Villain

Villain

Book - 2010
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A young insurance saleswoman is found strangled at Mitsuse Pass. Her family and friends are shocked and terrified. The pass--which tunnels through a mountainous region of southern Japan--has an eerie history: a hideout for robbers, murderers, and ghostly creatures lurking at night.
 
Soon afterward, a young construction worker becomes the primary suspect. As the investigation unfolds, the events leading up to the murder come darkly into focus, revealing a troubled cast of characters: the victim, Yoshino, a woman much too eager for acceptance; the suspect, Yuichi, a car enthusiast misunderstood by everyone around him; the victim's middle-aged father, a barber disappointed with his life; and the suspect's aging grandmother, who survived the starvation of postwar Japan only to be tormented by local gangsters. And, finally, there is desperate Mitsuyo, the lonely woman who finds Yuichi online and makes the big mistake of falling for him.
 
A stunningly dark thriller and a tapestry of noir, Villain is the English-language debut for Shuichi Yoshida, one of Japan's most acclaimed and accomplished writers. From desolate seaside towns and lighthouses to love hotels and online chat rooms, Villain reveals the inner lives of men and women who all have something to hide. Part police procedural, part gritty realism, Villain is a coolly seductive story of loneliness and alienation in the southernmost reaches of Japan.

Publisher: New York : Pantheon Books, c2010.
Edition: 1st American ed.
ISBN: 9780307378873
030737887X
Branch Call Number: MYSTERY Yoshida Shuichi 08/2010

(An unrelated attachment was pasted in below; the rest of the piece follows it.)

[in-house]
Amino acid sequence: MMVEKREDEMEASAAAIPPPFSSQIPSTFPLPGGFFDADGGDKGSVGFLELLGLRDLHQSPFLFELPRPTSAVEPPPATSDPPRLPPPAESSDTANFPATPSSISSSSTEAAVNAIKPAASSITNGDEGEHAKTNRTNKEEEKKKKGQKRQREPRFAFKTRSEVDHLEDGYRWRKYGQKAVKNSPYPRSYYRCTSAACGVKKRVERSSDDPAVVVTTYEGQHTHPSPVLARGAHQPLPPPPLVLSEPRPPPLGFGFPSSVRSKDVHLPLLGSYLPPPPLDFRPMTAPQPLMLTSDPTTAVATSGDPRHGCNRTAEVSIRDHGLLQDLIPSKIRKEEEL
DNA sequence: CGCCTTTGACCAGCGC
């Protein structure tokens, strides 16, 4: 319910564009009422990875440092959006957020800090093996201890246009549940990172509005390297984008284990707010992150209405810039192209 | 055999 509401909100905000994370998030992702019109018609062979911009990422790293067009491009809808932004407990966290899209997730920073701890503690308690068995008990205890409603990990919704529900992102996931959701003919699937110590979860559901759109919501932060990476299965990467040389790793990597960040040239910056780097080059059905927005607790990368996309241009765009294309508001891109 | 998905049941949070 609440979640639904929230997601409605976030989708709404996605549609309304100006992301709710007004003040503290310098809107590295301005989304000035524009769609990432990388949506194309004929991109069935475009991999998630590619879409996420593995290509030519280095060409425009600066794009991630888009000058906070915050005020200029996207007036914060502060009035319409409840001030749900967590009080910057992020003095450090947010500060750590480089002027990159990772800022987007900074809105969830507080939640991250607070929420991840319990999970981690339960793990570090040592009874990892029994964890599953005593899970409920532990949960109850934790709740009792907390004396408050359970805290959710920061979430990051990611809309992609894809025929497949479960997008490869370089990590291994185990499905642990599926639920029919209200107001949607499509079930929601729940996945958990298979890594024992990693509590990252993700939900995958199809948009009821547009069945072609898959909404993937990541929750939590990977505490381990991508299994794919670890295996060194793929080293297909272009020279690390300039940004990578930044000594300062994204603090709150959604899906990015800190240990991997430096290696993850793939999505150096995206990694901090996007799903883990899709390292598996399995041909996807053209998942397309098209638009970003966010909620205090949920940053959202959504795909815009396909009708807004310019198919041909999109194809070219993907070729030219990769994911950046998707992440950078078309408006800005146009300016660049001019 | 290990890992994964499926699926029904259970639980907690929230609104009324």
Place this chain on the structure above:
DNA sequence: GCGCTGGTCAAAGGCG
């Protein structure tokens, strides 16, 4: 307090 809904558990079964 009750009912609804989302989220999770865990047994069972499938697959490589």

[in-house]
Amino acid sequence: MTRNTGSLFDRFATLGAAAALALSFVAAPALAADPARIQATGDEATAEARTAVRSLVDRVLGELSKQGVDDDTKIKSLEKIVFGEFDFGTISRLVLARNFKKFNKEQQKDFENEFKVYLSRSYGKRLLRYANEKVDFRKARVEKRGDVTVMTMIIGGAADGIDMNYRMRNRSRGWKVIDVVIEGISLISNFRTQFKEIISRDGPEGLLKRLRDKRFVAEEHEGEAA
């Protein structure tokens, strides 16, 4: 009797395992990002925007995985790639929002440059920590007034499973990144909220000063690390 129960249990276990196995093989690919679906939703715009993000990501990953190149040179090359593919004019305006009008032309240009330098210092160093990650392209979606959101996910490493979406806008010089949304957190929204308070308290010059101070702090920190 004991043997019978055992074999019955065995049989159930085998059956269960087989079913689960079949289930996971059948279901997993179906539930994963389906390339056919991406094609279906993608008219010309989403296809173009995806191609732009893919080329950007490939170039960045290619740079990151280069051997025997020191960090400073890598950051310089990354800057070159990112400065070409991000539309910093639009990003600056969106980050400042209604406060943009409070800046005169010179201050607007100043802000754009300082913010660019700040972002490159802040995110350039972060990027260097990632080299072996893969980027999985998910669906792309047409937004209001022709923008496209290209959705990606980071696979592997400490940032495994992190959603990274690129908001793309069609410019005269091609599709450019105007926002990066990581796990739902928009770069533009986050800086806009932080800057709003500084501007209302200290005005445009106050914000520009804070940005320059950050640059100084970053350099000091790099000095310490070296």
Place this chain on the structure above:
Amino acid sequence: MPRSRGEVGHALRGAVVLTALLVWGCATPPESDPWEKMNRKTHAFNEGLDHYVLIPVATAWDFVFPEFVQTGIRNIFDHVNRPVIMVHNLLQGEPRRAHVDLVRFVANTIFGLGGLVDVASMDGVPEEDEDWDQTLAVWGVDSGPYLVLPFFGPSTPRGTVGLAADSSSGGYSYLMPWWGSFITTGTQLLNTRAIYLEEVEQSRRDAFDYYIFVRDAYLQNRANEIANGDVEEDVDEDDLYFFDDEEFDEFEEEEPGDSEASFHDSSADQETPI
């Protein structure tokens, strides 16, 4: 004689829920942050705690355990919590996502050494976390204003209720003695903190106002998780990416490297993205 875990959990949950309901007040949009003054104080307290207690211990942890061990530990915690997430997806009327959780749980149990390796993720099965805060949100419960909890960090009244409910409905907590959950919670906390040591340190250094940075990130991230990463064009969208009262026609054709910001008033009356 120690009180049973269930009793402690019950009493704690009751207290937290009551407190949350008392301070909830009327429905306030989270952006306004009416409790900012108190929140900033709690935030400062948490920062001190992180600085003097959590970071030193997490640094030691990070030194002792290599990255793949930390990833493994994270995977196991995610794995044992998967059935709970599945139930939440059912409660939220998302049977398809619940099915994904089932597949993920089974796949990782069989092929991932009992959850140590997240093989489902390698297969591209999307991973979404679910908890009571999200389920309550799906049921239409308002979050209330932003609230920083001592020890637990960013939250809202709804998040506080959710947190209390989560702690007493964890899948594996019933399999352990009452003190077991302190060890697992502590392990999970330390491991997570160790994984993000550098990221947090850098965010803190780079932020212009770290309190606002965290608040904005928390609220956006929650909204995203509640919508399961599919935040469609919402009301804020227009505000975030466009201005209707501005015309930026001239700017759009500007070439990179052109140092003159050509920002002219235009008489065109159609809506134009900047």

Characteristics: 295 p. ;,25 cm.
Additional Contributors: Gabriel, Philip 1953-
Alternative Title: Akunin

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j
june_hope
Oct 18, 2016

The title and the description suggest a criminal thriller or a detective story; the book is neither. This is more a psychological study of the characters before and after the actual crime than a novel. The story is already known: "a woman is murdered and a construction worker is arrested..." The portraits of main characters are fine and alive. Mr. Yoshida creates a suspense that is not resolved with the last dot in the book. A reader can just guess who was the actual murderer. There are too many and no options at the same time. The book is a great example of Japanese literature; it portrays perfectly modern Japanese life outside of big cities. The story is very short, and it could be a fine read during long winter that's coming.

u
UncutPiano9
Jul 08, 2013

A very fine novel. Even though there is no doubt about where the guilt lies in this story of murder, Yoshida focuses on the relationships and personal motivations of all of the participants. This makes for a deliciously complicated situation where, seemingly, no complication existed before. Highly recommended.

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